There are, as I’ve said, many problematic forms of cancellation and problematic reasons for engaging in it. But if there are no sufficient conditions for cancellation, then nothing can be cancelled, including the sorts of ethno-fascism that want to cancel The Other by resort to mass killing. That view strikes me as a reductio of global critiques of “cancel culture.” We’re being asked to avoid the sins of “wokeness” at the cost of universal moral disarmament in the face of fascism. If that isn’t an inversion of moral priorities, I don’t know what is.

I’m heading into the maelstrom myself tomorrow. Around this time tomorrow, I’ll be heading off for a week in the West Bank. The sad thing is, while Bezalel Smotrich need not worry about whether he will be denied entry into my country, I have to worry about whether I’ll be denied entry into his. He doesn’t have to watch what he says, but I do. If he advocates ethnic cleansing, people cluck their tongues. If I say the wrong thing, the Israeli authorities can nullify my visa on the spot, put me on the next plane back to Newark, and saddle me with the bill for both plane tickets. It wouldn’t be the first time that an American was sent back to the States by the Israeli border authorities for saying the wrong thing.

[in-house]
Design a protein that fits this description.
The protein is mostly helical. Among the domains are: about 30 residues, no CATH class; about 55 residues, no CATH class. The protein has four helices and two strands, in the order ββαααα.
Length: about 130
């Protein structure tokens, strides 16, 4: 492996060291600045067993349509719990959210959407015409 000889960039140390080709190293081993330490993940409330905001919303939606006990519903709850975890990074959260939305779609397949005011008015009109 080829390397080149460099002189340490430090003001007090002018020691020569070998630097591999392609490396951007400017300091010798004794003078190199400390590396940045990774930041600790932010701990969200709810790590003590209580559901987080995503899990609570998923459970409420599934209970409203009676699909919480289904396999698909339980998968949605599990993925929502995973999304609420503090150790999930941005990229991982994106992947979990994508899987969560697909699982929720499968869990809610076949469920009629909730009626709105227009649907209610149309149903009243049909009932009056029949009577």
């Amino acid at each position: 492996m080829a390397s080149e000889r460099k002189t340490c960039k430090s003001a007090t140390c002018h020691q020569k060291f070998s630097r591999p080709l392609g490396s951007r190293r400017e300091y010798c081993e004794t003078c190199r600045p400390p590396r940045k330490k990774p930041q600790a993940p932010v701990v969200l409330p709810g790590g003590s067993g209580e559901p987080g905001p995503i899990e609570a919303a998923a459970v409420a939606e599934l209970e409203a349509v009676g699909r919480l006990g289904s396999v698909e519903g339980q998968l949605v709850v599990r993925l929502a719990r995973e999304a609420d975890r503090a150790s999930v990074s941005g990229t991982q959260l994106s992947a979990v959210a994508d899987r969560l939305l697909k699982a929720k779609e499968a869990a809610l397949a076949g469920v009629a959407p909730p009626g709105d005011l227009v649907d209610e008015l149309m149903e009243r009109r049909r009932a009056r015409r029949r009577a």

What is the “wrong thing”? Well, it would certainly violate Amendment 28 of the Entry to Israel Law for someone to say that Israel Bonds should be boycotted because it’s funding the agents of ethnic cleansing. Not that I’m doing that, mind you. In fact, it’s a funny coincidence, but the Treasurer of Israel Bonds, Andrew Hutter, happens to be my orthopedic surgeon. In other words, the Treasurer of Israel Bonds is in-network with my health insurance, and I trust him with doing surgical procedures on my spine. If anything, that’s the opposite of boycotting Israel Bonds, isn’t it? I sure hope it speeds my way through the security gauntlet at TLV.